Concerns about a one-size-fits-all approach
By Cayla Vidmar
After losing their case in federal district court to remove the Gunnison sage grouse from the federal endangered species list, Gunnison County and its litigation partners decided not to pursue an appeal, and instead are focusing efforts on a recovery plan—the public process for which begins next week in Delta.
The county has worked for more than 20 years to foster a healthy population of Gunnison sage grouse in the area, but in 2014, the U.S. Fish and Wildlife service added the Gunnison sage grouse to the list of endangered wildlife as threatened, and designated 1.4 million acres in Colorado and Utah as critical habitat for the bird.
Late last year, after the court ruling to keep the bird listed as threatened, the county decided to refocus efforts on a recovery plan instead of appealing the court ruling. Gunnison Board of County Commissioners chairperson Jonathan Houck announced Tuesday that the U.S. Department of Fish and Wildlife (USFW) will hold a meeting on Tuesday, April 23 in Delta from 4 to 6 p.m. to begin outreach in anticipation of the release of the draft recovery plan in 2019.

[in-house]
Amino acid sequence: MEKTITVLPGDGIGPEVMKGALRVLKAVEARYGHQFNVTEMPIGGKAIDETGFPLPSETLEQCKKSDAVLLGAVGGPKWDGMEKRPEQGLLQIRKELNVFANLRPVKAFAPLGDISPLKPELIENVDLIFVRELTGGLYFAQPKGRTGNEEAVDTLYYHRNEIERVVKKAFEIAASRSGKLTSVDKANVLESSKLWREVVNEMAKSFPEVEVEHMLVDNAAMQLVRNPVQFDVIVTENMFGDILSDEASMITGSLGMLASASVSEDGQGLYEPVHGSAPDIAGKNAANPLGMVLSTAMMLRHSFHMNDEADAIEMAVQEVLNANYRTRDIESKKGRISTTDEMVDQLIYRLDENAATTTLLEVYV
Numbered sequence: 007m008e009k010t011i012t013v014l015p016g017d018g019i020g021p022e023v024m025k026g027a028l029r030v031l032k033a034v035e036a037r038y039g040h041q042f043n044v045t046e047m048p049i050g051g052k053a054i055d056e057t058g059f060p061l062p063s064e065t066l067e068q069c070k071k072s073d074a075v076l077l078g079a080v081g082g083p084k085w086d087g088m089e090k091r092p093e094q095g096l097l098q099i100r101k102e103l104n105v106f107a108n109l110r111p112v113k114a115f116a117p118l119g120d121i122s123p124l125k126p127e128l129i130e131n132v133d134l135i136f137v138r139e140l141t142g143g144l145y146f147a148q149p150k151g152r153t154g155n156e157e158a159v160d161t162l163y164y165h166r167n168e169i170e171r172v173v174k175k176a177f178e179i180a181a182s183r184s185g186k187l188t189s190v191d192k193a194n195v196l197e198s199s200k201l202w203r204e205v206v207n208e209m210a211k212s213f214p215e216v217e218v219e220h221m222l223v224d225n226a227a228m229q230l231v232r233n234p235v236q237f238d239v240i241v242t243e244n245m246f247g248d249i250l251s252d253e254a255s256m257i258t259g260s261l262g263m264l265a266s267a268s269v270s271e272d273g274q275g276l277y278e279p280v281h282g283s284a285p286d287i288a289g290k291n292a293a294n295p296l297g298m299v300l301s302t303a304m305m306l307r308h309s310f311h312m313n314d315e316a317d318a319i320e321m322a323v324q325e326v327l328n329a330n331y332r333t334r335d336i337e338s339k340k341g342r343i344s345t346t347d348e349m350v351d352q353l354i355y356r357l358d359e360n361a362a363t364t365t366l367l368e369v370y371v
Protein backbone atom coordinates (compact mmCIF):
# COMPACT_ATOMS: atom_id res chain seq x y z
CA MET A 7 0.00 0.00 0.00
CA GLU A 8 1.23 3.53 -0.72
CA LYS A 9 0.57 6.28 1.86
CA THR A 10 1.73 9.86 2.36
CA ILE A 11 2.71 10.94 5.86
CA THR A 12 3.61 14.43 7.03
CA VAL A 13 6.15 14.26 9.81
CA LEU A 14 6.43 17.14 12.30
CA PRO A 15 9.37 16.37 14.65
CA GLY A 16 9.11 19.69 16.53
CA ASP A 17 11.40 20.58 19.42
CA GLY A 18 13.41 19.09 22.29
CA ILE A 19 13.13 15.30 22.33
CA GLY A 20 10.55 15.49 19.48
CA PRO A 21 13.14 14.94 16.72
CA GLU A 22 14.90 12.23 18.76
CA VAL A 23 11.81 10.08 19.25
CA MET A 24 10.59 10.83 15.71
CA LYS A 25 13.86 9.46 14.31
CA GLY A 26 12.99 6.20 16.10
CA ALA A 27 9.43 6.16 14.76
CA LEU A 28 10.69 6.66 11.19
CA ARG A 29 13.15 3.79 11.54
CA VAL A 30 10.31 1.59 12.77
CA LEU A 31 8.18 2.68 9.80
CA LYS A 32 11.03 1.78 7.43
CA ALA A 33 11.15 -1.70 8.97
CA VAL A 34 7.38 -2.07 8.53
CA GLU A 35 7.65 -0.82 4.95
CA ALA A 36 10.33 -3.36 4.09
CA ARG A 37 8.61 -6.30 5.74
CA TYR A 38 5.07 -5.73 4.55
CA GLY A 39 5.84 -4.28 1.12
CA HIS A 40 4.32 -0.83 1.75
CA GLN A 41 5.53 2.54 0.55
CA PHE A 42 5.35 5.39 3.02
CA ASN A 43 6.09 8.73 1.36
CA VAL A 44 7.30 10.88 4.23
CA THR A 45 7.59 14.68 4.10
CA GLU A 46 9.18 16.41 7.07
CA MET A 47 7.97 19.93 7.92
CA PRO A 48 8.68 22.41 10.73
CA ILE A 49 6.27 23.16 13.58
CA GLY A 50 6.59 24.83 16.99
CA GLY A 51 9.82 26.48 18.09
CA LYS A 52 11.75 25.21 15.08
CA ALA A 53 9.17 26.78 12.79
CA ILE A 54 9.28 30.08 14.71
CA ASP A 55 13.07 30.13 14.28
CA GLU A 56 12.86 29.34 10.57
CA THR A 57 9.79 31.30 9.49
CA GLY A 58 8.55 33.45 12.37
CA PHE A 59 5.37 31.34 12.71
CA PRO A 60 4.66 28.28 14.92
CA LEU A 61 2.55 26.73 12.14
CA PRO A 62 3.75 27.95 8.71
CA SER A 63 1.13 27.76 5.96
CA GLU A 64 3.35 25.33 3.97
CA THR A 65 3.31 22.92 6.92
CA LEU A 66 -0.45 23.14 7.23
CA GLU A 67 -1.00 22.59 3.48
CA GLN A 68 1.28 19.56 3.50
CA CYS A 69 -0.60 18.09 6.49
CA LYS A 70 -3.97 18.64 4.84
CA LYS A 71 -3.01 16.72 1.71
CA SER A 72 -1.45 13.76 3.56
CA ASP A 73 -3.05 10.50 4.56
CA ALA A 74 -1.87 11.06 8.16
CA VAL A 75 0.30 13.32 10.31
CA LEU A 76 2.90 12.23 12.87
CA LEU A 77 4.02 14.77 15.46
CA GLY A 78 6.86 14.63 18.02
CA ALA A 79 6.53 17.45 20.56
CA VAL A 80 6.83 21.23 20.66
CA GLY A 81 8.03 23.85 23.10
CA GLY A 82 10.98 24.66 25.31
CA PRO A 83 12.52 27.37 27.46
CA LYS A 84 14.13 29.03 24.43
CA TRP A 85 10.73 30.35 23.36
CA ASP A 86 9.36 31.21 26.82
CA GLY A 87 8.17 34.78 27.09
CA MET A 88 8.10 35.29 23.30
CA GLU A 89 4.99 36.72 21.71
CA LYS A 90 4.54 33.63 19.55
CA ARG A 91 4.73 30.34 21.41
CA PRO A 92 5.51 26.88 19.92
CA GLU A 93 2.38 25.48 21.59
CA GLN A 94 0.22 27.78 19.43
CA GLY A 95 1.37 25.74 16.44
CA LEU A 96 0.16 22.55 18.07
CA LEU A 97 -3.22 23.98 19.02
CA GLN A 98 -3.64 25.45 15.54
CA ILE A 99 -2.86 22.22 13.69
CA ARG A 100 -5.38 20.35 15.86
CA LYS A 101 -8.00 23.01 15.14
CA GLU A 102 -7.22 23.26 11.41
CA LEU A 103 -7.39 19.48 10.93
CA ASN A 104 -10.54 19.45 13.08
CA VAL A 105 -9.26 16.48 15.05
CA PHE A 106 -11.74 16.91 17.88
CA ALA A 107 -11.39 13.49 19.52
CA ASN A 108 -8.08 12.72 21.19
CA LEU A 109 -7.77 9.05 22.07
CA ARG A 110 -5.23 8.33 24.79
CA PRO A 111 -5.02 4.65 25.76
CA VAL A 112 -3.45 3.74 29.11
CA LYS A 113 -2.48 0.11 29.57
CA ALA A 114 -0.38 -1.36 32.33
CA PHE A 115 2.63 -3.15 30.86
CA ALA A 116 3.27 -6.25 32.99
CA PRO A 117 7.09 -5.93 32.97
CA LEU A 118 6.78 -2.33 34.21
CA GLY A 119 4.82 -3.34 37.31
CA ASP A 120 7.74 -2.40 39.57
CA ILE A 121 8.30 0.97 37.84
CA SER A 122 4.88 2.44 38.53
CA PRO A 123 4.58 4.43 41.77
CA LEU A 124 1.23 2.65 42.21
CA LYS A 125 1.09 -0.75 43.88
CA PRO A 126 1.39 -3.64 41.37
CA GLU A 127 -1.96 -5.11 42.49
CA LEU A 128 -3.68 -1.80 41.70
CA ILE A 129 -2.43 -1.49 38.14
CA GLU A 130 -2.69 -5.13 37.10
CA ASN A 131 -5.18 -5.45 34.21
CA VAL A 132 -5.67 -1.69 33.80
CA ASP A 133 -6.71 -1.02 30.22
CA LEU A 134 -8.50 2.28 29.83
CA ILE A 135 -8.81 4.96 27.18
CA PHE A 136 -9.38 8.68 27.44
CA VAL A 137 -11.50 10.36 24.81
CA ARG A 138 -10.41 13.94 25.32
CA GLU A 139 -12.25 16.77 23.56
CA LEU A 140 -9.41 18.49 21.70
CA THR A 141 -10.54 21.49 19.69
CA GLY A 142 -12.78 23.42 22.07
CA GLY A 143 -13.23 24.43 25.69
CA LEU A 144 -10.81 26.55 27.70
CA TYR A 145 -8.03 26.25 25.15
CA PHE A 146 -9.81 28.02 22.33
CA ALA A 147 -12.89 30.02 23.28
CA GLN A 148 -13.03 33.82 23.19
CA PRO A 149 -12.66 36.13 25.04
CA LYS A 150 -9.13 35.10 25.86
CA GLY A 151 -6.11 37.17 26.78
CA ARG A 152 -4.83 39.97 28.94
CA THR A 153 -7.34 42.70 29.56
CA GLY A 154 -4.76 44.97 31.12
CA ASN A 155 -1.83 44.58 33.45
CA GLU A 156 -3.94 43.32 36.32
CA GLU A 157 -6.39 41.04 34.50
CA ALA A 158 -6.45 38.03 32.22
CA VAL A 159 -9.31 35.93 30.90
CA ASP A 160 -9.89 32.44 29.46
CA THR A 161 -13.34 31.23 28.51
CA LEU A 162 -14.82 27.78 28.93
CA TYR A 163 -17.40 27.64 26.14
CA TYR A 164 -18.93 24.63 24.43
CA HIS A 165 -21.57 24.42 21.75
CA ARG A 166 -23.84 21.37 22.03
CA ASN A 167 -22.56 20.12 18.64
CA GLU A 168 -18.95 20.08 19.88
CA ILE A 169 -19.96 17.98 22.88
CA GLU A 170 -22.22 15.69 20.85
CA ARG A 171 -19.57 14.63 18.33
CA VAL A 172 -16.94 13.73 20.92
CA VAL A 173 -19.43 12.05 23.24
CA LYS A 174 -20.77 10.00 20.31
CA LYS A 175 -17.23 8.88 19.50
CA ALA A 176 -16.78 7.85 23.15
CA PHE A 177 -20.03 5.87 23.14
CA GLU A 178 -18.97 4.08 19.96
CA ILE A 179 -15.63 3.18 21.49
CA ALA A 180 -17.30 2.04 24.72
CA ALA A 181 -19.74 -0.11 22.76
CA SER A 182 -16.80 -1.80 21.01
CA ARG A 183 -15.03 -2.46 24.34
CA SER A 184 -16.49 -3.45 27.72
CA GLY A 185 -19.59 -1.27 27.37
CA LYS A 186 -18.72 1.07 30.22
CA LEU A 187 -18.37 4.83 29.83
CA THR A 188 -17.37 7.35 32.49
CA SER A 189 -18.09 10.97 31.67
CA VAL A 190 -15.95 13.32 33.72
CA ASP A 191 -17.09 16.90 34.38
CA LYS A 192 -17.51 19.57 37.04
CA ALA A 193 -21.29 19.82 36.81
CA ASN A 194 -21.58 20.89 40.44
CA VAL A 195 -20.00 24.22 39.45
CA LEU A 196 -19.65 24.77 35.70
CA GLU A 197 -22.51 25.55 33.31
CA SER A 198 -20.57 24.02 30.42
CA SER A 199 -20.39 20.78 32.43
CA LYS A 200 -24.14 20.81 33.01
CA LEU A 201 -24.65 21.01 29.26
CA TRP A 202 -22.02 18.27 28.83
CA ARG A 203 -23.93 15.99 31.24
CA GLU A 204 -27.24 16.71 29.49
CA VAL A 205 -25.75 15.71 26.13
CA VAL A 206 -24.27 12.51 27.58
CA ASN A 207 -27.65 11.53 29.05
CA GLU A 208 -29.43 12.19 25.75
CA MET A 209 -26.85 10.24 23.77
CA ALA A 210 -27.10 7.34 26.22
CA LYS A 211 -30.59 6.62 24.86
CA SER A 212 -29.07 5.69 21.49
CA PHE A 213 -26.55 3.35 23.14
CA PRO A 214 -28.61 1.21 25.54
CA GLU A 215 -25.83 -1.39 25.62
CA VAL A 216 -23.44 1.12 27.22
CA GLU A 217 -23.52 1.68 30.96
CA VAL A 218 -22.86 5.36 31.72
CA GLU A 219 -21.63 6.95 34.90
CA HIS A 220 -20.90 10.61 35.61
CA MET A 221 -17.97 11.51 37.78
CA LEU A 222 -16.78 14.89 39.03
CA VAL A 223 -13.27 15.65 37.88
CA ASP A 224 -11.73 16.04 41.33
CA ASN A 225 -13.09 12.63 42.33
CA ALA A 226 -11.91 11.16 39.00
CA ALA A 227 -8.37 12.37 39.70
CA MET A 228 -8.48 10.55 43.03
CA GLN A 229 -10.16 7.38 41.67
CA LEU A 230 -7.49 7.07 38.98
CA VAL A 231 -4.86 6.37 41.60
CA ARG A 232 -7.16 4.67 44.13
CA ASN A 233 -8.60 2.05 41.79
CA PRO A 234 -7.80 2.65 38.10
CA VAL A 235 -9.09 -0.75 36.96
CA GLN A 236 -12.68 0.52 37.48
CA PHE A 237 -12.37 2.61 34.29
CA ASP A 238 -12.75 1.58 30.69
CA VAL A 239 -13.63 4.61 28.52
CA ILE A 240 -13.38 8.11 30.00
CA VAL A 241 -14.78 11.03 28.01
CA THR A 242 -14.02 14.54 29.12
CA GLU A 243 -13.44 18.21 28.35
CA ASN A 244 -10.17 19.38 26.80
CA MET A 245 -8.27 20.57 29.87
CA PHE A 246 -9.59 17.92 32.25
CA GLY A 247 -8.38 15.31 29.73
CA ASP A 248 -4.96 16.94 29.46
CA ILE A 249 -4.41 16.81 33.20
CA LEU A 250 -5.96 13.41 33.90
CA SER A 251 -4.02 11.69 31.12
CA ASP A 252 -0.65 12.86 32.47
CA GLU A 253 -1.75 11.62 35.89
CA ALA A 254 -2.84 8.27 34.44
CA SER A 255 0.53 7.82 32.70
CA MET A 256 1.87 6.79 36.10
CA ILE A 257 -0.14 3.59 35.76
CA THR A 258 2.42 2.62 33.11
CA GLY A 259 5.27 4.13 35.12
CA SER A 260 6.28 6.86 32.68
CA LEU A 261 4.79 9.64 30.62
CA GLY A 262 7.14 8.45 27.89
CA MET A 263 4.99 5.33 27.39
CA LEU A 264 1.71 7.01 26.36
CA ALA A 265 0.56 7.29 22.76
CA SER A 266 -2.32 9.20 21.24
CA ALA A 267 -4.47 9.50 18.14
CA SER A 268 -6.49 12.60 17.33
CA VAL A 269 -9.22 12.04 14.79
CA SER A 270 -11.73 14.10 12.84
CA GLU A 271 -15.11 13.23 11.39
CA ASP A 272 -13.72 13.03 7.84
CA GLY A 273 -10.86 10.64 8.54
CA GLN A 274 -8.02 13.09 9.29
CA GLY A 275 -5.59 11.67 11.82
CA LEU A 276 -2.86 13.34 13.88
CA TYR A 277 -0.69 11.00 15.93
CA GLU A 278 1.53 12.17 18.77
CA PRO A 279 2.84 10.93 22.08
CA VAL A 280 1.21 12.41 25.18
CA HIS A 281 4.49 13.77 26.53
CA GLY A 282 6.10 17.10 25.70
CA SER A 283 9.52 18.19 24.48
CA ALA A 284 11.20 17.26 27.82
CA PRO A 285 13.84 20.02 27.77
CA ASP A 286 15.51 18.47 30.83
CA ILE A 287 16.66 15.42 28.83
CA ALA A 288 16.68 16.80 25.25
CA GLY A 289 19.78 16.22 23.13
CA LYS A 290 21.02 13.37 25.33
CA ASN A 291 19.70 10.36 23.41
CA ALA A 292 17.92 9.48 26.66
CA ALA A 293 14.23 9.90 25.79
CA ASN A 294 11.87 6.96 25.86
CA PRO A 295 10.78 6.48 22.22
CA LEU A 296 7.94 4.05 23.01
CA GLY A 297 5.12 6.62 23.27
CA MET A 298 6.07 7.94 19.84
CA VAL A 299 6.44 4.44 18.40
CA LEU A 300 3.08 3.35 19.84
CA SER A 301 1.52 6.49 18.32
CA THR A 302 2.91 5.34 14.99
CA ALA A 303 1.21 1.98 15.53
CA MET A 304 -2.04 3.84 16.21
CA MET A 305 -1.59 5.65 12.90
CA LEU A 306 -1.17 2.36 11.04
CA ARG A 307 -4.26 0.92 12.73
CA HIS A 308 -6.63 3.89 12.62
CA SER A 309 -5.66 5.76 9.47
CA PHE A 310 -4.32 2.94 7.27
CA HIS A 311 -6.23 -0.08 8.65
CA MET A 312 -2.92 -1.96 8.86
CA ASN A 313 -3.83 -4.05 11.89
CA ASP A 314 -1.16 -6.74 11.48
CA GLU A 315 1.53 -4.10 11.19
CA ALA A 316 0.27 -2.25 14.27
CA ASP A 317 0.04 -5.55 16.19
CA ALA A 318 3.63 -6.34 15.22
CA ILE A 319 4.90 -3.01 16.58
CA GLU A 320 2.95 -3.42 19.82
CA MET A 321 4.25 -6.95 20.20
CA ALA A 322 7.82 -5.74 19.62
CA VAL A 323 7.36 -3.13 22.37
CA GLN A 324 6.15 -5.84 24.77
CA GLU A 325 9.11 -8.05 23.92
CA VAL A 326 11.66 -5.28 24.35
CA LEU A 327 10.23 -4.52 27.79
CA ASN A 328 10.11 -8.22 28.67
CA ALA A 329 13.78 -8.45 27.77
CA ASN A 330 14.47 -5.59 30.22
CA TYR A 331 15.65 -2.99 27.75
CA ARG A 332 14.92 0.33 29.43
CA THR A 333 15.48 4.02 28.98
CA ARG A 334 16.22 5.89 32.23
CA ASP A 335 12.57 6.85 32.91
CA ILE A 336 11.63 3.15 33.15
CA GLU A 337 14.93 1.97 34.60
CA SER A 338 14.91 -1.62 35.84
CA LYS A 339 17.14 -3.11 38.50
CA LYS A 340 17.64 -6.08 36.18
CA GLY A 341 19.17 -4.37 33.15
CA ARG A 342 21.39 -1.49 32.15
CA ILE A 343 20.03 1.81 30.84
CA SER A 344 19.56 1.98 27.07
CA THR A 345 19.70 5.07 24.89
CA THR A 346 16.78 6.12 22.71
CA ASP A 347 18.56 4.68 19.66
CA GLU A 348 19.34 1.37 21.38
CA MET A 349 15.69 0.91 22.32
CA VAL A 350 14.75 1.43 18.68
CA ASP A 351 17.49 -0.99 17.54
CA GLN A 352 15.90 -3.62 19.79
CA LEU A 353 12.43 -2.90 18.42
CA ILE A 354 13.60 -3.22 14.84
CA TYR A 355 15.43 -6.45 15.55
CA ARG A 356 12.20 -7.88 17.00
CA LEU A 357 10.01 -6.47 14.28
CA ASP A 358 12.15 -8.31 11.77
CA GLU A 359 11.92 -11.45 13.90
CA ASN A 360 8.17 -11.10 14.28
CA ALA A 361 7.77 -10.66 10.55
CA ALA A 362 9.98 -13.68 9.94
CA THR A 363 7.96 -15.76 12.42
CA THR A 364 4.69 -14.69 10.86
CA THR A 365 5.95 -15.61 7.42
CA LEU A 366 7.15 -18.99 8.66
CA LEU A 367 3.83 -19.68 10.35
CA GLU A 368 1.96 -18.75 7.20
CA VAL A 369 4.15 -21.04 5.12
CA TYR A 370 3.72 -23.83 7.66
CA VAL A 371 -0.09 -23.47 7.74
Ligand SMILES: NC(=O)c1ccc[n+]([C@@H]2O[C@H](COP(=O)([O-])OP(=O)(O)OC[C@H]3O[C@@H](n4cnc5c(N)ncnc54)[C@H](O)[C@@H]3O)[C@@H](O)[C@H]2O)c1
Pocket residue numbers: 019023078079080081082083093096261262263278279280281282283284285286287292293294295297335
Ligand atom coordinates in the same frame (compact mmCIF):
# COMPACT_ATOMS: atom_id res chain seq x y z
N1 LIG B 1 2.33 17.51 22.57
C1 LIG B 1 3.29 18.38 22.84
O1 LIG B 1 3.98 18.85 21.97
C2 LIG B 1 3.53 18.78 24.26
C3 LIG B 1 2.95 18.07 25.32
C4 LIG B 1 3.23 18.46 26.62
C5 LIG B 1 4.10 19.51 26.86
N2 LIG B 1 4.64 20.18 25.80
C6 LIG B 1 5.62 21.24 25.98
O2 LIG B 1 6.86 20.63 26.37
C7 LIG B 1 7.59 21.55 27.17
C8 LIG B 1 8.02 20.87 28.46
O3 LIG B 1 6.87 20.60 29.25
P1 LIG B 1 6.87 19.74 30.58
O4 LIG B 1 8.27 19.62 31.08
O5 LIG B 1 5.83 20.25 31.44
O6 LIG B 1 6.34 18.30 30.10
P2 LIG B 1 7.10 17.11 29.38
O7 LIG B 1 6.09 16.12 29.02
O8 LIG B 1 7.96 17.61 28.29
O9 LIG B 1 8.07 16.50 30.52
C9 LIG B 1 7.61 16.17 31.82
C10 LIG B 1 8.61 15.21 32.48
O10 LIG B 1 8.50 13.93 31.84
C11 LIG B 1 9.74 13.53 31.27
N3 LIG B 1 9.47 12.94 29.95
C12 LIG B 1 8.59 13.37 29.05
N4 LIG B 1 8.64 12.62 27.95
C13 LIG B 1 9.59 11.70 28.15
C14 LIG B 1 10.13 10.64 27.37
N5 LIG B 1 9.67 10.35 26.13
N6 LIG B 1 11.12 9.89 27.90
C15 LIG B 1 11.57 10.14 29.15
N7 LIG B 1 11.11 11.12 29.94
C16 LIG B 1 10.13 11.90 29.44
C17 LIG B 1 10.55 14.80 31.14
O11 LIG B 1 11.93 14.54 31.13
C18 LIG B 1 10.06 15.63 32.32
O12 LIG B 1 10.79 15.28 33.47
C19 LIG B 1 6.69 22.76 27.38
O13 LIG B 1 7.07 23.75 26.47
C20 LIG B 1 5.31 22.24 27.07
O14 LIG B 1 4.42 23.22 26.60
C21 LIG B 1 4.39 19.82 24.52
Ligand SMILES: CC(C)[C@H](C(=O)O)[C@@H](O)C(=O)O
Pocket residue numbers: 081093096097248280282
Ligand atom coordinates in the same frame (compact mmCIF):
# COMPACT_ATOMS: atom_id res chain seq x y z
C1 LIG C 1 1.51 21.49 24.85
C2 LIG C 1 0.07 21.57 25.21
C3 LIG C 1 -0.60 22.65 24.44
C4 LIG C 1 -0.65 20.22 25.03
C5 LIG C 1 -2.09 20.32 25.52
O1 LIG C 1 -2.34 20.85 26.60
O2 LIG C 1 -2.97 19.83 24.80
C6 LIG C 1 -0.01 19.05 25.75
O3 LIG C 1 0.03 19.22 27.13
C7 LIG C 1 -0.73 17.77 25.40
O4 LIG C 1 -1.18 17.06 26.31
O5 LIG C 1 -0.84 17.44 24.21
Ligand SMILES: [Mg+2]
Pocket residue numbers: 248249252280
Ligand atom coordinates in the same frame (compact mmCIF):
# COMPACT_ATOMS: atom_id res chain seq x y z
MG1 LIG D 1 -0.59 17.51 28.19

However, Houck raised some concerns about the plan becoming a “one-size-fits-all” model that doesn’t work in the unique Gunnison valley.
Houck explained that the court order requires the recovery plan to be done by October 2019. “With the timeframe we’re on and because of staffing issues the Department of Interior has, I’m concerned this is going to be a one-size-fits-all plan, which is not beneficial to us—the Gunnison Basin is a completely different place,” Houck explained.
While Houck notes he hasn’t seen the draft recovery plan yet, he’s been making sure the county input reflects the 20-plus years of effort in protecting the species, and the collaboration between the county and the USFW.
County representatives are planning to attend the meeting in Delta.